Behind the dance circle, about ¾ of the way back on the right, there was a wall that jutted out about half the width of the gallery and just beyond that, in the very back left corner, we could see a doorway with reflective streamers hanging down in front and red and purple and white light emanating out from behind. There was a small concentration of people looking at something just behind the back partition. Some of them were taking pictures.
‘Here, this way,’ I say, and Amanda and I walk into the gallery and toward the back, taking a path along the wall and tangential to the dancing circle.
‘No, come on, come on!,’ the First National calls out to us as we walk towards the back, still dancing in a circle all the while.
Amanda and I walk over and stand to the other side of the small crowd of people that were looking at whatever was behind the wall.
My first thought was that there were bloody handprints all over the walls and smears of blood on the floor. That was my initial instinct, but, upon closer examination the handprints and stains on the floor were actually clay. Like, potting clay.
There was a slightly overweight girl, presumably of First Nations’ origin, sitting with her back to us in the corner. Her legs were splayed out in front of her and she was hunched over digging at something, kind of like she was force-feeding herself something from a bowl. I walked around to the other side of the crowd and leaned in as far as I could over the imaginary line that separated the exhibit from the traffic area to try to get a good look at what she was shoving in her mouth. When I leaned in far enough I could see that she was not, in fact, force-feeding herself. Rather, she was bringing her fist up to about mouth level, and artlessly pounding down into a lump of clay in her other hand over and over again.
I look over at Amanda. She's standing on the other side of the group of onlookers and scanning her gaze around the exhibit with a look of indulgent appreciation. She was awestruck as she looked over at me. I raise my eyebrows and make a pained smile and nod over toward the streamer-veiled backdoor.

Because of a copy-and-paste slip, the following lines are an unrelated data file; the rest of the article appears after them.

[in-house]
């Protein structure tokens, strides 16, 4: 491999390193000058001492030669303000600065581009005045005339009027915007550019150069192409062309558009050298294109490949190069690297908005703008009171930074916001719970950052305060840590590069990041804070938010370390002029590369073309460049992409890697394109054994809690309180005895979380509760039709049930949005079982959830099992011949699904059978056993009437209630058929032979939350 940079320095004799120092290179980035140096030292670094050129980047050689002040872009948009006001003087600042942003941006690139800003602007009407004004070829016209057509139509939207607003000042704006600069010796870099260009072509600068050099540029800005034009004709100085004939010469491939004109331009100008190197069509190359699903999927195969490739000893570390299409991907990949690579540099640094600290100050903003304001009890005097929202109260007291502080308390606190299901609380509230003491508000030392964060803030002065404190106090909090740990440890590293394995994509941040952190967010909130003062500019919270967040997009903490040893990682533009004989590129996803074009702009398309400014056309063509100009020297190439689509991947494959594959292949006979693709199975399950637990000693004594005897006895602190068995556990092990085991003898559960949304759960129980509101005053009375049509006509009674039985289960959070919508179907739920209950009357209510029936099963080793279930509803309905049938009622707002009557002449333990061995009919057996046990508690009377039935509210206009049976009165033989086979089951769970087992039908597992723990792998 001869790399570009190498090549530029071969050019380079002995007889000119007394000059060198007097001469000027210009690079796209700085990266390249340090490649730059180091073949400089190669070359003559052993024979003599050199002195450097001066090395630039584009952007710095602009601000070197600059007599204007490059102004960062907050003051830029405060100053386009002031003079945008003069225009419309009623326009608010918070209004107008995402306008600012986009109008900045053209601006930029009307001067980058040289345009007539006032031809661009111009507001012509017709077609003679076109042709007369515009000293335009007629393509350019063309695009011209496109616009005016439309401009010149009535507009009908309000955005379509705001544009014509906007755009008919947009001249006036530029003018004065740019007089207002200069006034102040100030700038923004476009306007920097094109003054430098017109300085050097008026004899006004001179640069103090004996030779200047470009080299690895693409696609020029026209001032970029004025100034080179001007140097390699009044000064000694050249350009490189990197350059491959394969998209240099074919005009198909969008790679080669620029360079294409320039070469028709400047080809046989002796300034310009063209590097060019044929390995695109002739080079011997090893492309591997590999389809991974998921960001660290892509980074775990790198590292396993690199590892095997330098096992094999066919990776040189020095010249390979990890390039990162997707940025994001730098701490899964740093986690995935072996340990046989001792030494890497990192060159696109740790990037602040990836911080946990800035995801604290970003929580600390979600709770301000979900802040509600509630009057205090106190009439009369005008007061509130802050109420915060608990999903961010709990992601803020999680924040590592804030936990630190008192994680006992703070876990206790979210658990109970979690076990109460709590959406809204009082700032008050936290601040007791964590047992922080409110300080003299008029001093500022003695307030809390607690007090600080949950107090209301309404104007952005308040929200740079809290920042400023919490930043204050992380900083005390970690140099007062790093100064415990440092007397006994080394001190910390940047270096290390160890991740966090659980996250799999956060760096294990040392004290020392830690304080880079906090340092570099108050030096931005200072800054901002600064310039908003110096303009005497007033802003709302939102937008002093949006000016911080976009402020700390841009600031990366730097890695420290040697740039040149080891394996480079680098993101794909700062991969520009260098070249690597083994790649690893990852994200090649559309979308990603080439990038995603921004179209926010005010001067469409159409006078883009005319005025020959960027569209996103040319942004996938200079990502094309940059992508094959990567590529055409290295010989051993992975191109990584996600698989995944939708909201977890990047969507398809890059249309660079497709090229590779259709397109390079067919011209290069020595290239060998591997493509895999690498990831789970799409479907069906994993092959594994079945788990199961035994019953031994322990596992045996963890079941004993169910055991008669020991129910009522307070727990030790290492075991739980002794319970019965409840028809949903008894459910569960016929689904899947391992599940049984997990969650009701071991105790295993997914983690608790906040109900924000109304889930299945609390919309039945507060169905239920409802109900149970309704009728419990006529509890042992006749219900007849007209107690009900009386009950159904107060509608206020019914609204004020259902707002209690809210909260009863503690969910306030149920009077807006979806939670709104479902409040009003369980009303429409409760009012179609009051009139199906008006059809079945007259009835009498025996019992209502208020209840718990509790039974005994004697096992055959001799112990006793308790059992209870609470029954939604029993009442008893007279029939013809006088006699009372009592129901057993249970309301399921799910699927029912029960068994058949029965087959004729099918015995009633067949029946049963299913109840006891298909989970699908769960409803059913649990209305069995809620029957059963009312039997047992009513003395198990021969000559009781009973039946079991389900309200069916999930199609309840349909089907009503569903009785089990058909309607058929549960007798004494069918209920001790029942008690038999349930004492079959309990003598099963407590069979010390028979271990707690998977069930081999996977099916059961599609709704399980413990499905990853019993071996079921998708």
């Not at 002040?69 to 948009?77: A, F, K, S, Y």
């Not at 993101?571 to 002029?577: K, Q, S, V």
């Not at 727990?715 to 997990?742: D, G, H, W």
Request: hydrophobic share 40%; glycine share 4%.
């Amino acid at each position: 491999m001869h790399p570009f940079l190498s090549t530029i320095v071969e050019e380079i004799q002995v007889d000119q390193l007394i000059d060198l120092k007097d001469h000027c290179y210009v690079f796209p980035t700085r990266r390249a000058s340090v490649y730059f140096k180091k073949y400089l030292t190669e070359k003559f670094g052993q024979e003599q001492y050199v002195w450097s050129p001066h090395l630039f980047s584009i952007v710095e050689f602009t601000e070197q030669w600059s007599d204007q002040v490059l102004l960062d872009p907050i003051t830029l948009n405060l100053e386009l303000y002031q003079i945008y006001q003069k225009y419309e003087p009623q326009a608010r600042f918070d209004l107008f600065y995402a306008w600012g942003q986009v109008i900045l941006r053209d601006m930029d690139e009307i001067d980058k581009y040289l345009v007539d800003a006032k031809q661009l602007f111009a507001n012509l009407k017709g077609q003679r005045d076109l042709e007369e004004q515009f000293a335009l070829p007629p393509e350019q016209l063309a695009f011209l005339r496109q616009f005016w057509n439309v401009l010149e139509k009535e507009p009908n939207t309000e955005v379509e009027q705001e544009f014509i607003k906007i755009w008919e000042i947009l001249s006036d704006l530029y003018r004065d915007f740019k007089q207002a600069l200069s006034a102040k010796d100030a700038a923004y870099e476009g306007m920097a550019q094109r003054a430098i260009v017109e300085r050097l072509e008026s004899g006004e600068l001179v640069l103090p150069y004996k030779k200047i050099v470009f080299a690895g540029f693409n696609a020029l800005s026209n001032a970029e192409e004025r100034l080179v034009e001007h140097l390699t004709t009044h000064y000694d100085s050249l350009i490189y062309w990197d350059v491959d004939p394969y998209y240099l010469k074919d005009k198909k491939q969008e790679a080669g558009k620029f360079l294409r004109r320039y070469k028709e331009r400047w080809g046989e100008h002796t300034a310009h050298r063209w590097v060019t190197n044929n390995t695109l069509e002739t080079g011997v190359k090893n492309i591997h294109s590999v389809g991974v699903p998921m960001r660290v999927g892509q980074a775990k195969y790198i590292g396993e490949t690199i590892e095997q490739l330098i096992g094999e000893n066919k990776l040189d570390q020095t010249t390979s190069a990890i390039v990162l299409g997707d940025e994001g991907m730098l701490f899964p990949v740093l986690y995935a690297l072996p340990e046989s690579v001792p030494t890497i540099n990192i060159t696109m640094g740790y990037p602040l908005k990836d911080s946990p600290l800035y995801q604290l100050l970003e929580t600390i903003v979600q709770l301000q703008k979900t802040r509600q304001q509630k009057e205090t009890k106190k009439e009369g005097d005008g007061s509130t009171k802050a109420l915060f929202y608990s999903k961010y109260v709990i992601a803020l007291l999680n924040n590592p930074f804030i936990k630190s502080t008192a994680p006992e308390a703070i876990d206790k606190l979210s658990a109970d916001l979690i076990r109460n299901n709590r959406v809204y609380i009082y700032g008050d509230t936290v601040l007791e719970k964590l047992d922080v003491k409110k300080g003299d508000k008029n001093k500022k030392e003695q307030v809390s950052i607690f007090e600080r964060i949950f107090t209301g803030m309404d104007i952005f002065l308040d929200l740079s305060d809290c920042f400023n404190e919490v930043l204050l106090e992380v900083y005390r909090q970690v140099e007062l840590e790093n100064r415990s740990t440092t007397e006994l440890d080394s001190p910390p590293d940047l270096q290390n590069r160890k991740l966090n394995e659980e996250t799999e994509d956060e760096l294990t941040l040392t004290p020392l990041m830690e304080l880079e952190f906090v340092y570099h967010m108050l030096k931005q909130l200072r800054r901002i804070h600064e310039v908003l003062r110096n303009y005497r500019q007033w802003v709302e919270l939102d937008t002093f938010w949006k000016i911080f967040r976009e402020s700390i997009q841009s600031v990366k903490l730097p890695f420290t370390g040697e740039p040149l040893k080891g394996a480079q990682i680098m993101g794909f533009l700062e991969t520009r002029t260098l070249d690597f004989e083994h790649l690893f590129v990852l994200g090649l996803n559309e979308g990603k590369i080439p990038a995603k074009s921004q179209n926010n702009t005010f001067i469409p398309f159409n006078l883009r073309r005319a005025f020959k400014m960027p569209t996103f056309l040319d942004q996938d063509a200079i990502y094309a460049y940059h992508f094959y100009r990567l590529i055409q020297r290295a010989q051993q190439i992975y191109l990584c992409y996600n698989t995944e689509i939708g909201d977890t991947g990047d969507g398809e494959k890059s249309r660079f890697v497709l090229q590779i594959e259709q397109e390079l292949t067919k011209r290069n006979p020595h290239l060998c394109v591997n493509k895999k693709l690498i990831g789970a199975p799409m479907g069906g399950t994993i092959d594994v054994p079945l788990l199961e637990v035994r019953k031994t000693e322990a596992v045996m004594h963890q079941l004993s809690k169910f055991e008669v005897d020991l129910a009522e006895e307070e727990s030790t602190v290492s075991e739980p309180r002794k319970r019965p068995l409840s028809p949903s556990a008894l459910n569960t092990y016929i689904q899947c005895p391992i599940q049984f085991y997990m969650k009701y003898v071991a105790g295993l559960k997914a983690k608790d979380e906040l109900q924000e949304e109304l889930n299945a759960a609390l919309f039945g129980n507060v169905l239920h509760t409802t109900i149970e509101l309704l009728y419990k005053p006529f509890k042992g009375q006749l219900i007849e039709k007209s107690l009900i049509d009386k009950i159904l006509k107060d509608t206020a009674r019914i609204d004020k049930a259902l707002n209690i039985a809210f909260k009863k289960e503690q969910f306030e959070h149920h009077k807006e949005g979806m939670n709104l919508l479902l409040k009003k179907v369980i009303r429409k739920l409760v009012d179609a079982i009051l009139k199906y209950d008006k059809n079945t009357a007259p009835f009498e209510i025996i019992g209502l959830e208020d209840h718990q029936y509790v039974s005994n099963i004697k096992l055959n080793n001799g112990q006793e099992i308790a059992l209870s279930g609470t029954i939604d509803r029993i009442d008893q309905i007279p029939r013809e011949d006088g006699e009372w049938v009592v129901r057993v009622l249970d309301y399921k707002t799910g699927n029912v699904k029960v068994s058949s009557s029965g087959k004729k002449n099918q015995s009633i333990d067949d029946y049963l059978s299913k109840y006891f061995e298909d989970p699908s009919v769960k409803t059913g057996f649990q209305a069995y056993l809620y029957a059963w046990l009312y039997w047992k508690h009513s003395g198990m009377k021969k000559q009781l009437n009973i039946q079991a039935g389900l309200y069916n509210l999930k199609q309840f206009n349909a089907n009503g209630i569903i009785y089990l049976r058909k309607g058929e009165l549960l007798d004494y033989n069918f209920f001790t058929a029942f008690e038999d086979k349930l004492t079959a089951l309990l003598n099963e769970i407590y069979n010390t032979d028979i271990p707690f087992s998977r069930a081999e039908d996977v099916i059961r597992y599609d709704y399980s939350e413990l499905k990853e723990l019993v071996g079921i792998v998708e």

‘Jeez,’ I say, as we meet up on the way to the door. ‘That really went to a dark place pretty quickly, didn’t it?’
She puffs her cheeks and let out a plosive phhhh. ‘I liked it,’ she says.
‘I totally thought that girl was force-feeding herself over in the corner.’
‘Me tooo,’ she says, as she slaps the back of her hand against my bicep and hold it there for a second.
‘That has to be intentional, right?’
I use my hand to part the streamers open and I follow Amanda through the doorway and into the light.
* * * * * * * * * *
‘Here. Try the pepper jelly.’ I scoop up a miniature spoonful and hand it to Amanda.
‘What’s this?,’ she says, and she takes the tiny utensil from me and points up towards it with a suspicious look on her face. ‘What are we, freggin’, Gulliver’s Travels here?’
‘Ha! Yeah, I know. He’s got like a whole miniature set back there. He always has to, like, throw out the little forks and knives.’ Amanda snorts through her nose and holds her wrist in front of her mouth to keep from inadvertently spitting jelly out.
‘Mmmm,’ she says as her eyes widen and she looks up at Pat.
‘Yeah, that’s our best seller…’